Barfi! perhaps has the most delightful start ever in Indian cinema. The Pikture Shuru song before the opening credits, requesting that “pikture mein mobile aur bachche dono off rakhna”, is the kind of genuine, heartfelt stuff that elicits smiles. The movie begins with the promise of a similarly whimsical touch (the “radio on hua, amma off hui” lyrics) as we peer into the life of deaf-mute Murphy a.k.a Barfi (Ranbir), his love for the ethereal Shruti (Ileana) and his autistic childhood pal Jhilmil (Priyanka). Barfi! is a silent love story that Basu tries to bring alive with some dazzling play of images and music. The effort is evident in every frame; there are unquestionably stunning moments. Like Murphy’s triple-date with Shruti and Jhilmil in a tram. Three people, three sets of feelings and expressions create music together.
However, the magic is not consistent. The flashback within flashback narrative gets way too clumsy and turgid, the thriller twist absolutely pointless. And piling one stunning sequence on another does not reach out and touch. The film appears much too crafted and self-consciously gorgeous, and feels eminently facile and plastic. It isn’t just the lifting of two memorable scenes from The Notebook. The sequence involving a statue made me revisit my Citylights DVD. What’s more, the emotions seem designed and dressed up in an alien coating. Barfi! tries way too hard to please. It’s like being wooed by a man who is extremely charming yet makes you wary of his intentions. He attracts, but does not inspire faith or trust. I was enchanted in parts, but largely exasperated.
The Chaplinesque portrayal by Ranbir does try to do something different. Life with a disability is tinged with a sense of joy, but happiness, such as it is, becomes a tiring compulsion. And some things stay the same. We still need the picturesqueness and gloss to make disability palateable. We need ‘their’ tales to give ‘us’ sugar-coated life lessons and Paulo Coelho-like feel-good philosophy. Perhaps, one day we will see the disabled in all their hues, in stories that truly are theirs, not churned out for our easy digestion. Till then there is always Sai Paranjape’s Sparsh. It may not have looked as good, but had a far larger heart.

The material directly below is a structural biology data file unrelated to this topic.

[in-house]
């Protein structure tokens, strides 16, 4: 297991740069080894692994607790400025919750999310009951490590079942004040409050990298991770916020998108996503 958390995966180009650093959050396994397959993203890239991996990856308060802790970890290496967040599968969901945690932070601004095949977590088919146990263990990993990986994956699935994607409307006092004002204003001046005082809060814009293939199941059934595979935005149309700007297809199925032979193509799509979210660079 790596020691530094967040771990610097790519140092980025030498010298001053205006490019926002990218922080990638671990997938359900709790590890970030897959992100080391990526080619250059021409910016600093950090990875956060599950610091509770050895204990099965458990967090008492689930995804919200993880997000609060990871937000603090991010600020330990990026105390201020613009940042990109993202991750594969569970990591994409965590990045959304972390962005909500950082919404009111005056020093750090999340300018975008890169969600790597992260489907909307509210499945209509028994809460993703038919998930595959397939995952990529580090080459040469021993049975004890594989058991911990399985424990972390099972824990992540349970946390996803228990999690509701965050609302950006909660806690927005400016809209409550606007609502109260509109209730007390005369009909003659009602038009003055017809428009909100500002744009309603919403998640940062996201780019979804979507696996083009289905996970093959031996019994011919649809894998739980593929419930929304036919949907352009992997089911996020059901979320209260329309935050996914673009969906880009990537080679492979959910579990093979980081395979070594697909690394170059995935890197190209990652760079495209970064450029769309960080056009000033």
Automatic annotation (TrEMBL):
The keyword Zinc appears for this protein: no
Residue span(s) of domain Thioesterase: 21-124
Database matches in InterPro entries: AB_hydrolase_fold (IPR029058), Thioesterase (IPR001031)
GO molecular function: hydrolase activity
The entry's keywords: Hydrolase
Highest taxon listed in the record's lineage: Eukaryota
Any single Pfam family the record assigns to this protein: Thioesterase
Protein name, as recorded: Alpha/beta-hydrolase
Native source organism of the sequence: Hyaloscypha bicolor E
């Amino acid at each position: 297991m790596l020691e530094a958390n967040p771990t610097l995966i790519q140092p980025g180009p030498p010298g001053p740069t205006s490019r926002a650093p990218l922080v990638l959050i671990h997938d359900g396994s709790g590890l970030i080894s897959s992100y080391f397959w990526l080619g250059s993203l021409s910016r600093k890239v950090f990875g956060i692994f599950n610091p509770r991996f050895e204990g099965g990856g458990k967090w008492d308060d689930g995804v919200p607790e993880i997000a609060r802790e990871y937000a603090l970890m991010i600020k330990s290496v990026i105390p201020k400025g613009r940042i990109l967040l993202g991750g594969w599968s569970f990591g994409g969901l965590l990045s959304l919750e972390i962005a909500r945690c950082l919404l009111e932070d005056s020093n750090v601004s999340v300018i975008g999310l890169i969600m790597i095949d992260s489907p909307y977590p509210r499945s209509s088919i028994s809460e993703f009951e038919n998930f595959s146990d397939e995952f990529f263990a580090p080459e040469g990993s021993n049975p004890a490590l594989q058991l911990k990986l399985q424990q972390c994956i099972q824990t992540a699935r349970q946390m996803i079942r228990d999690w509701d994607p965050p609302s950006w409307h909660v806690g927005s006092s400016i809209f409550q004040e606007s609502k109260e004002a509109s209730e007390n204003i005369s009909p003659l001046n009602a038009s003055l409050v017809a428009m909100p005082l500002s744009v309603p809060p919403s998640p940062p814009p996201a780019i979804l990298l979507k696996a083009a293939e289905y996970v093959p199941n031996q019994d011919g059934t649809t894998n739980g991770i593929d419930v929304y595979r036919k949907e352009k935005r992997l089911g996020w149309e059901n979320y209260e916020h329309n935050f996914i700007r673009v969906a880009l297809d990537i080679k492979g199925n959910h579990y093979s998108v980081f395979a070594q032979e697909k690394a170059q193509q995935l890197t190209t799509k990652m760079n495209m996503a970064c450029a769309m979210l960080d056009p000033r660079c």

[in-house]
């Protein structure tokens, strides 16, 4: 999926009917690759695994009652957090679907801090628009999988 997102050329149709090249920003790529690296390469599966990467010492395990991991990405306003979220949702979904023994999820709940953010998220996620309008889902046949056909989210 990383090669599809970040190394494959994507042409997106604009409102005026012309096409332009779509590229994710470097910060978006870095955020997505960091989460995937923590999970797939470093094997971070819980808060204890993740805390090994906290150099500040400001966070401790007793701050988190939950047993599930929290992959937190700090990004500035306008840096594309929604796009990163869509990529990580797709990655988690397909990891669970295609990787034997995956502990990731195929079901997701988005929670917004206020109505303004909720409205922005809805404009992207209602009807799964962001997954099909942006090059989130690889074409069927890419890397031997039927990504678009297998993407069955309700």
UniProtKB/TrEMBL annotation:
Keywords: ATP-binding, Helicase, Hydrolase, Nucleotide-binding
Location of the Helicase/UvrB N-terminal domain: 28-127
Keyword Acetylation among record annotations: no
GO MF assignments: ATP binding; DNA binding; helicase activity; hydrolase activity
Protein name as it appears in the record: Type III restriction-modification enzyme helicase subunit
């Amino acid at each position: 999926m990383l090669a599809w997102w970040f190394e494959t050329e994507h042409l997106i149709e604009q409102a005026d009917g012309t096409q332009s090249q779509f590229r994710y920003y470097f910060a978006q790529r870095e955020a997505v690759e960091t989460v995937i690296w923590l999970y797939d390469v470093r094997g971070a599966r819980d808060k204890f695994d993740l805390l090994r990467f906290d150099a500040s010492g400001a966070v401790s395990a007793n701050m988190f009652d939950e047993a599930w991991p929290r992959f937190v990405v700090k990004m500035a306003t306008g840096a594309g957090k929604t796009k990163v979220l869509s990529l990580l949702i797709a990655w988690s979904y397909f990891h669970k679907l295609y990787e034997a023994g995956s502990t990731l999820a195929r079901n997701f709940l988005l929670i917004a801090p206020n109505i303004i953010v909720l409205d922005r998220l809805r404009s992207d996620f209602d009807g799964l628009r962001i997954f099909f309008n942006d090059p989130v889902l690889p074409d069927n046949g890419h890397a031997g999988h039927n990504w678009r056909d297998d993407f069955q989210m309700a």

Thank you to all those who have taken the trouble to read the article and share their thoughts. Out of the arguments made here, there are two that perhaps need answering. So here they go.
1. The first part of the article compares outcomes (relative percentages of population of the religions concerned) irrespective of the process that led to those outcomes - whether immigration, relatively faster population growth or conversions. This was for two reasons. One, to put the figure of 2.3 per cent in "numerical perspective", as the article itself explained. The second reason was that outcomes are ultimately what the crux of debate is about. The rest of the article in any case dealt with process - or conversions in this case, from both a contemporary and historical perspective.
2. Some commenters have tried to cast doubts on the reliability of Census 2001. Those who do this should bear in mind that Census 2001 was conducted by a BJP government. Considering the extreme importance that BJP gives to this issue, it would be reasonable to expect that IF it had perceived a problem with the methodology that was distorting the numbers, it would have fixed it. As the article mentioned, BJP or BJP-supported governments have been in power for 10 of the last 40 years, or about a quarter of the time, and the only reasonable conclusion one can arrive at is that any misreporting of numbers, real or perceived, would be marginal and hence, not of importance.
To all other arguments made, my answer is the following: Please read the article again, with particular focus on the quotations of Vivekananda and Monier Williams, and the history of the missionary efforts in Bengal and their outcome.
Indian cinema is is not ambiguous and leaves nothing to ponder. These are simple and beautiful fairy tales. Mainly for children and adults who refuse to grow up.
Wonder why TOI is promoting this movie. It has had four articles on it already.
I did know that people from Bengal were very important in Bollywood, and are, and were very relevant practically. Two Bengali directors have made Bengali movies relevant today. Bengali movies is about the Bengali looking at himself/herself on screen, and admiring how they are, because the movies are supposed to be about the Bengali. This is true as much for Rituparna Ghosh, as for Satyajit Ray, when they are associating with Bengali movies. It seems the two directors of Barfi and Shanghai, are thinking about Bollywood, and making movies as a result.
Overheard on the villanous social media...
The concept of a deaf and mute man whose life of fun and adventure soon starts revolving around a mentally challenged woman is just pure brilliance. Can't wait for another film based on Congress.
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